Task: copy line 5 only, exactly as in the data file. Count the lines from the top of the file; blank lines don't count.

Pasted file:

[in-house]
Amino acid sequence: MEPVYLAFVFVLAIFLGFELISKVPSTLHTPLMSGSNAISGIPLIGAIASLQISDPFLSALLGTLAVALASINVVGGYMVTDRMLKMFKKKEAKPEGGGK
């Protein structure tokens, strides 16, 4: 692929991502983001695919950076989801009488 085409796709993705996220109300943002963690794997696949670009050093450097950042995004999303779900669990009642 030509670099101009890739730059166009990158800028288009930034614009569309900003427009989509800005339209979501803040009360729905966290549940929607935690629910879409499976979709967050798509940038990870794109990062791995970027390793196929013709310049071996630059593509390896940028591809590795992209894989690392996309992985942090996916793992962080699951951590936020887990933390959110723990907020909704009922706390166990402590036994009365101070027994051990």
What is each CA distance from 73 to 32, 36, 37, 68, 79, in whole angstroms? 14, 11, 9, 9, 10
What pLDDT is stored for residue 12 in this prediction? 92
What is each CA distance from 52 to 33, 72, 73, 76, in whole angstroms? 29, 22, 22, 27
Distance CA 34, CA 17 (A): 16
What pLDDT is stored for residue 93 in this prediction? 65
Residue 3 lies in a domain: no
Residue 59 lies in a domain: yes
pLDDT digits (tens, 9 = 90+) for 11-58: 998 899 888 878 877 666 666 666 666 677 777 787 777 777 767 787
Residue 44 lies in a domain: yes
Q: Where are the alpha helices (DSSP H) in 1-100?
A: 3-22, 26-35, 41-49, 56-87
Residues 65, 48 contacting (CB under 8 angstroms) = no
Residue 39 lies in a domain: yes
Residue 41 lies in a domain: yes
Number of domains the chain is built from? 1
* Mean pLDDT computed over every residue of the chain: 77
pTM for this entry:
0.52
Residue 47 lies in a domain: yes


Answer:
What pLDDT is stored for residue 12 in this prediction? 92